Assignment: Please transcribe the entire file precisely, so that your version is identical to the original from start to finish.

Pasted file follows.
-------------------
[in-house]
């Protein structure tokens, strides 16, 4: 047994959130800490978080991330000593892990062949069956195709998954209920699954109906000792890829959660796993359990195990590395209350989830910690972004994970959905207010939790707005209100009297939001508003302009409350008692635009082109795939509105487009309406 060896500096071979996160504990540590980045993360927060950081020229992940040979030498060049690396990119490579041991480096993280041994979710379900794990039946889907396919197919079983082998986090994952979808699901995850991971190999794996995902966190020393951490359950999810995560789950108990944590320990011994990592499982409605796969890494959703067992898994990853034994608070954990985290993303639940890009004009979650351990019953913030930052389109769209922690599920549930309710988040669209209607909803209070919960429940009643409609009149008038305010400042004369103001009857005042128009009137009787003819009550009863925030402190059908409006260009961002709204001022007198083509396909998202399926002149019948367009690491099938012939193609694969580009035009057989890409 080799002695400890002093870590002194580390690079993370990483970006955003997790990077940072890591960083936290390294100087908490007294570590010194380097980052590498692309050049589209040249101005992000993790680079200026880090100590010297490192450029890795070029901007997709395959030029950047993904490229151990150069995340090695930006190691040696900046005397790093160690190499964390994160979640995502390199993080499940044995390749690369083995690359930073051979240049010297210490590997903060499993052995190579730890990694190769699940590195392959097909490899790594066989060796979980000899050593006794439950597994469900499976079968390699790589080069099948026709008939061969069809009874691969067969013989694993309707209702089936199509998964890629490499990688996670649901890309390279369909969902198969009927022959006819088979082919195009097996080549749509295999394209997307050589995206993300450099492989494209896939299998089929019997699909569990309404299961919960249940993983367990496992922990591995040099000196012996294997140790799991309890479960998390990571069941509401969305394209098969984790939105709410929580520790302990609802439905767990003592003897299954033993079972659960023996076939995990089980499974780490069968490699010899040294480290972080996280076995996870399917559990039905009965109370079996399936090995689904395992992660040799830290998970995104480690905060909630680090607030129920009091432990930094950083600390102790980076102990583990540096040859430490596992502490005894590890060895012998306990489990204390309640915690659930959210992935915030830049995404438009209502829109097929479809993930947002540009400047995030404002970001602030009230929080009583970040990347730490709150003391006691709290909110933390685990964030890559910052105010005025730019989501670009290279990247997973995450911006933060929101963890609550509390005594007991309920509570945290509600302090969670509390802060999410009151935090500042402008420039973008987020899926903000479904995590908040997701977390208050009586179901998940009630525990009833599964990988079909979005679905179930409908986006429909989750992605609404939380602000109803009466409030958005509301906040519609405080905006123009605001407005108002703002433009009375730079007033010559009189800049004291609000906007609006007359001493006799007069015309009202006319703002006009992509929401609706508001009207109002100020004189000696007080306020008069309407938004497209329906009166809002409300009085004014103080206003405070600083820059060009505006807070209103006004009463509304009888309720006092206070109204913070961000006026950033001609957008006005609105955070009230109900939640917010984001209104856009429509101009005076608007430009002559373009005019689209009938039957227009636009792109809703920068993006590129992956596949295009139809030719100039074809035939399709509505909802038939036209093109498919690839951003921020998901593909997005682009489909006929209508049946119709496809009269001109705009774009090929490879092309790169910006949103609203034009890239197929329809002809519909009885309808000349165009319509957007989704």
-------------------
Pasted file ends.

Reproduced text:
[in-house]
């Protein structure tokens, strides 16, 4: 047994959130800490978080991330000593892990062949069956195709998954209920699954109906000792890829959660796993359990195990590395209350989830910690972004994970959905207010939790707005209100009297939001508003302009409350008692635009082109795939509105487009309406 060896500096071979996160504990540590980045993360927060950081020229992940040979030498060049690396990119490579041991480096993280041994979710379900794990039946889907396919197919079983082998986090994952979808699901995850991971190999794996995902966190020393951490359950999810995560789950108990944590320990011994990592499982409605796969890494959703067992898994990853034994608070954990985290993303639940890009004009979650351990019953913030930052389109769209922690599920549930309710988040669209209607909803209070919960429940009643409609009149008038305010400042004369103001009857005042128009009137009787003819009550009863925030402190059908409006260009961002709204001022007198083509396909998202399926002149019948367009690491099938012939193609694969580009035009057989890409 080799002695400890002093870590002194580390690079993370990483970006955003997790990077940072890591960083936290390294100087908490007294570590010194380097980052590498692309050049589209040249101005992000993790680079200026880090100590010297490192450029890795070029901007997709395959030029950047993904490229151990150069995340090695930006190691040696900046005397790093160690190499964390994160979640995502390199993080499940044995390749690369083995690359930073051979240049010297210490590997903060499993052995190579730890990694190769699940590195392959097909490899790594066989060796979980000899050593006794439950597994469900499976079968390699790589080069099948026709008939061969069809009874691969067969013989694993309707209702089936199509998964890629490499990688996670649901890309390279369909969902198969009927022959006819088979082919195009097996080549749509295999394209997307050589995206993300450099492989494209896939299998089929019997699909569990309404299961919960249940993983367990496992922990591995040099000196012996294997140790799991309890479960998390990571069941509401969305394209098969984790939105709410929580520790302990609802439905767990003592003897299954033993079972659960023996076939995990089980499974780490069968490699010899040294480290972080996280076995996870399917559990039905009965109370079996399936090995689904395992992660040799830290998970995104480690905060909630680090607030129920009091432990930094950083600390102790980076102990583990540096040859430490596992502490005894590890060895012998306990489990204390309640915690659930959210992935915030830049995404438009209502829109097929479809993930947002540009400047995030404002970001602030009230929080009583970040990347730490709150003391006691709290909110933390685990964030890559910052105010005025730019989501670009290279990247997973995450911006933060929101963890609550509390005594007991309920509570945290509600302090969670509390802060999410009151935090500042402008420039973008987020899926903000479904995590908040997701977390208050009586179901998940009630525990009833599964990988079909979005679905179930409908986006429909989750992605609404939380602000109803009466409030958005509301906040519609405080905006123009605001407005108002703002433009009375730079007033010559009189800049004291609000906007609006007359001493006799007069015309009202006319703002006009992509929401609706508001009207109002100020004189000696007080306020008069309407938004497209329906009166809002409300009085004014103080206003405070600083820059060009505006807070209103006004009463509304009888309720006092206070109204913070961000006026950033001609957008006005609105955070009230109900939640917010984001209104856009429509101009005076608007430009002559373009005019689209009938039957227009636009792109809703920068993006590129992956596949295009139809030719100039074809035939399709509505909802038939036209093109498919690839951003921020998901593909997005682009489909006929209508049946119709496809009269001109705009774009090929490879092309790169910006949103609203034009890239197929329809002809519909009885309808000349165009319509957007989704």